Not surprisingly, there are plenty of places to enjoy live music, from young and unsigned bands taking their first steps at venues such as the Academy, The Deaf Institute, and the Night and Day café, to those who have already conquered the world, with the MEN Arena and the City of Manchester stadium playing host to local heroes, such as Doves. There are club nights for every taste, every day of the week. Boogie on down at nights such as Love Train at the Ritz, or be a little more adventurous and venture slightly off the beaten musical track by heading to one of the city’s many specialist music nights.
For the more traditional, the Hallé orchestra plays regularly at the Bridgewater Hall, alongside more surprising acts like Morrissey, and the Manchester Opera House sees classic productions such as Rigoletto and Madame Butterfly feature alongside Jerry Springer - The Opera and the Rocky Horror Show. Various festivals, from jazz to dance to world music are also scheduled through the year.
Dedicated clubbers will not be disappointed, with a quality line-up for every night of the week - if there’s a name for it, there’s a club-night that plays it. Sankeys Soap is the number one destination for visiting superstar DJs, whilst venues such as South, Matt & Phred’s, Music Box, and Mojo maintain the city’s eclectic reputation.
Whether you like sweet popcorn with Hollywood blockbusters or prefer salted popcorn with something a little more challenging on the art house circuit, you won’t be disappointed. Several large multiplexes dot the city, whilst the Cornerhouse is an excellent independent cinema, with the added attractions of a bar and art gallery. Film buffs and budding film-makers can also enjoy Kinofilm, the Manchester International Short Film Festival.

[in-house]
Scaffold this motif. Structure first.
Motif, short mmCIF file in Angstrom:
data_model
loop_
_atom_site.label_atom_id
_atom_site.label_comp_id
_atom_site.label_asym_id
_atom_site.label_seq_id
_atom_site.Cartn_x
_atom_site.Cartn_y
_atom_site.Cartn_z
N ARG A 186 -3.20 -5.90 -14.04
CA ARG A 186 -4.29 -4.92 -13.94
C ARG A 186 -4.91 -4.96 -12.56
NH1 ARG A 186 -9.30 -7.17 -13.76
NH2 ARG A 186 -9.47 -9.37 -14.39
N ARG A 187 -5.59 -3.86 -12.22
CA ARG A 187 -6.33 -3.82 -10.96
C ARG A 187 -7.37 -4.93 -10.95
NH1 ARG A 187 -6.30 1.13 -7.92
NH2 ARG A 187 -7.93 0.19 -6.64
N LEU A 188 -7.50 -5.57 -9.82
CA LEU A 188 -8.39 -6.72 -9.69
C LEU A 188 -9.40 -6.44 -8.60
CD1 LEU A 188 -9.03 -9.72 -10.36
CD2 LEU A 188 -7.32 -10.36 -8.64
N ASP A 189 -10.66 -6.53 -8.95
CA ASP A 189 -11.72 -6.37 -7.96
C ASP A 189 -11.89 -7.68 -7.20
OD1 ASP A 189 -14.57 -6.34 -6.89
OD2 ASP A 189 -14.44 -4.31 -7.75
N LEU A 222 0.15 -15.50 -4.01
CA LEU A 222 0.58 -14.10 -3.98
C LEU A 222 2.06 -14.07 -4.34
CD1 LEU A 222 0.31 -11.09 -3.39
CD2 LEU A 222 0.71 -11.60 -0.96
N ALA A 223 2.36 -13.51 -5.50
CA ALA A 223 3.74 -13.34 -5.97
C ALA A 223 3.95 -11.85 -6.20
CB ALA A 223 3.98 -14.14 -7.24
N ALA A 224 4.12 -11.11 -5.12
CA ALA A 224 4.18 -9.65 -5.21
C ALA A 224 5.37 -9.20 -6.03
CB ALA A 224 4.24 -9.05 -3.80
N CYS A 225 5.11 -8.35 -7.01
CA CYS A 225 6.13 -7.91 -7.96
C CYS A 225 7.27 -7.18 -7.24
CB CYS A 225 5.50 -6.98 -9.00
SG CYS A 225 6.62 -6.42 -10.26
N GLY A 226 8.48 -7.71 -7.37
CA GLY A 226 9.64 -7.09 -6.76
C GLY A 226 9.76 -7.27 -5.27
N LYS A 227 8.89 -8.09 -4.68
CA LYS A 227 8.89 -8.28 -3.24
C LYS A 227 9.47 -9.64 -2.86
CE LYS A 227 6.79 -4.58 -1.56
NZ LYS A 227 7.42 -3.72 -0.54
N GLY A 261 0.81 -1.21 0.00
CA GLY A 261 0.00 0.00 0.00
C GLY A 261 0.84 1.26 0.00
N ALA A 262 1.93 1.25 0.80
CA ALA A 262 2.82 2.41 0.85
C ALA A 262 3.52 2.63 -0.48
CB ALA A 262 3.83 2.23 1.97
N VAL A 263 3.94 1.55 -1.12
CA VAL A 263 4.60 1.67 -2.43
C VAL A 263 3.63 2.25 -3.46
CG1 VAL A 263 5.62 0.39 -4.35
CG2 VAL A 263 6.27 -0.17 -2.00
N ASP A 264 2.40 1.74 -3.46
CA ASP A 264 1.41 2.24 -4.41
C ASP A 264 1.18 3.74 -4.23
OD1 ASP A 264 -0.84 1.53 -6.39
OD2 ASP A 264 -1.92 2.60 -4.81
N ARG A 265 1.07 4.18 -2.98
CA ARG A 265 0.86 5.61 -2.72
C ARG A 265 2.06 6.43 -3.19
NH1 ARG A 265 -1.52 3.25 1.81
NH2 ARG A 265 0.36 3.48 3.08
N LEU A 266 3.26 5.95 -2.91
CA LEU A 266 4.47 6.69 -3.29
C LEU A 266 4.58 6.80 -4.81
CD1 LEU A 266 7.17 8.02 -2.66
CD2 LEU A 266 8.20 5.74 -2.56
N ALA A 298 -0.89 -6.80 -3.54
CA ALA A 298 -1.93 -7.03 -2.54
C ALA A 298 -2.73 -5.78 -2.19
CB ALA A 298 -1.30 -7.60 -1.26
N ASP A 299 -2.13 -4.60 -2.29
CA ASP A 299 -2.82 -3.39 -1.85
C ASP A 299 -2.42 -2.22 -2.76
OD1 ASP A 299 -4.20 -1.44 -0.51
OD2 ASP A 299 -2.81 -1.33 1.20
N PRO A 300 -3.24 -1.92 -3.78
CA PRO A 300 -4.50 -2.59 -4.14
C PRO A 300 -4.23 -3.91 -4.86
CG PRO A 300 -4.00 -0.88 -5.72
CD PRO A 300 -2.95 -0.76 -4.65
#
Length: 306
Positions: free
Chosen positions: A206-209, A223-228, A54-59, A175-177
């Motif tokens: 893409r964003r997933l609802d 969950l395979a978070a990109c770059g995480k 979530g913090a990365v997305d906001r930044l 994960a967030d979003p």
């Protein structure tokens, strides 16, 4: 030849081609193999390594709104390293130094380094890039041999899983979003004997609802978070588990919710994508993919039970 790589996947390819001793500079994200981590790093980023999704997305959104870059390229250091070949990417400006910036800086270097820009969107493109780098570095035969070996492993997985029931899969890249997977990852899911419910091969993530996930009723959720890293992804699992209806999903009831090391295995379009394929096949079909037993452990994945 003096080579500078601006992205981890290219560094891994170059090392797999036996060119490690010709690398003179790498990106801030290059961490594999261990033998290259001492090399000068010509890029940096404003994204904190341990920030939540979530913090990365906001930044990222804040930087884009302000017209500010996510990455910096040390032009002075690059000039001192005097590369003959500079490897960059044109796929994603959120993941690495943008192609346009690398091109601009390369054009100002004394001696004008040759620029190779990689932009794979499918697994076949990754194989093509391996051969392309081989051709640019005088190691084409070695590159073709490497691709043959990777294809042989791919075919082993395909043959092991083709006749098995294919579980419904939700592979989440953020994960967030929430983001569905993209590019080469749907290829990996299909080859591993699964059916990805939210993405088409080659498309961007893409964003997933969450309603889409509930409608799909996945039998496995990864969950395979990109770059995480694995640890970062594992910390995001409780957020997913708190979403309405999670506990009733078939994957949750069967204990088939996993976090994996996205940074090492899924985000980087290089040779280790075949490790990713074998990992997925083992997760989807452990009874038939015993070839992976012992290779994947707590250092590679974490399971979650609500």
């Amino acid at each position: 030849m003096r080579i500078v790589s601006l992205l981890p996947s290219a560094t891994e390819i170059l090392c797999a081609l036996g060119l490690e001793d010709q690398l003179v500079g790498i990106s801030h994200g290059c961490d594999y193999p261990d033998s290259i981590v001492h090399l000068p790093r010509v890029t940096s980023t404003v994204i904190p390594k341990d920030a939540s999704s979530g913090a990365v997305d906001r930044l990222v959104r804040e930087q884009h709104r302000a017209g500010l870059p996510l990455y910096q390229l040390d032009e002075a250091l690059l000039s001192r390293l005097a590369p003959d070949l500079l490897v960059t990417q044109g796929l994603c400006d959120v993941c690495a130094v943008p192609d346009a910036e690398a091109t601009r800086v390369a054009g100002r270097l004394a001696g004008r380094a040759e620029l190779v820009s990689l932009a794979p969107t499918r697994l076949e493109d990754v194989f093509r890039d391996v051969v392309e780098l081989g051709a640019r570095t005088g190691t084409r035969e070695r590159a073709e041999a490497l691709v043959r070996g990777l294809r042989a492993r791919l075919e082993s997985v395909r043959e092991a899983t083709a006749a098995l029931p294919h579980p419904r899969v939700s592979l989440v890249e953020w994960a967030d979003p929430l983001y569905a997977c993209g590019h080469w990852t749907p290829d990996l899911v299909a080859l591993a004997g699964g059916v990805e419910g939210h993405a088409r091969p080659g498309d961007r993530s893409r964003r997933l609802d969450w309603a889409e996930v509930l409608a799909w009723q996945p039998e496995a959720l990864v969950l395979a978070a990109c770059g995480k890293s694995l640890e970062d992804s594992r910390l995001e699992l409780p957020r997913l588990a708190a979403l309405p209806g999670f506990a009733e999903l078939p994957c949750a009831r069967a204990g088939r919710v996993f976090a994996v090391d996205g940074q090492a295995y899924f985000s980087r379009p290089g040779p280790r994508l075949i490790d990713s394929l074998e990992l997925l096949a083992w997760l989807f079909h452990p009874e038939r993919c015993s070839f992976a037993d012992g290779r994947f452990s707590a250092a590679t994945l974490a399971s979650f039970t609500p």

Manchester has a long history in the dramatic arts, and that’s set to continue with venues such as The Royal Exchange, the Lowry, Manchester Opera House, The Palace and The Green Room staging a whole range of plays and shows which reflect the huge range of cultural tastes and appetites of the region’s largest city.
Comedy has moved on a lot since the heyday of the old stand-ups of the 1970s, and Manchester boasts a thriving and sophisticated comedy scene which tickles the most demanding funny bones. From the big gigs at the Lowry to more intimate (and cheaper) venues such as XS Malarkey at Remedy in the student stronghold of Castlefield, there’s always someone who will try their best to make you forget about that essay you should be writing. The really brave can even have a go on open mic nights - and risk their reputation at the hands of the merciless local crowd.
Living in Manchester
Truly multicultural Manchester caters for students from all cultures and backgrounds. We have excellent and affordable crèche facilities for students with children, whilst various student groups provide a social focus for mature students.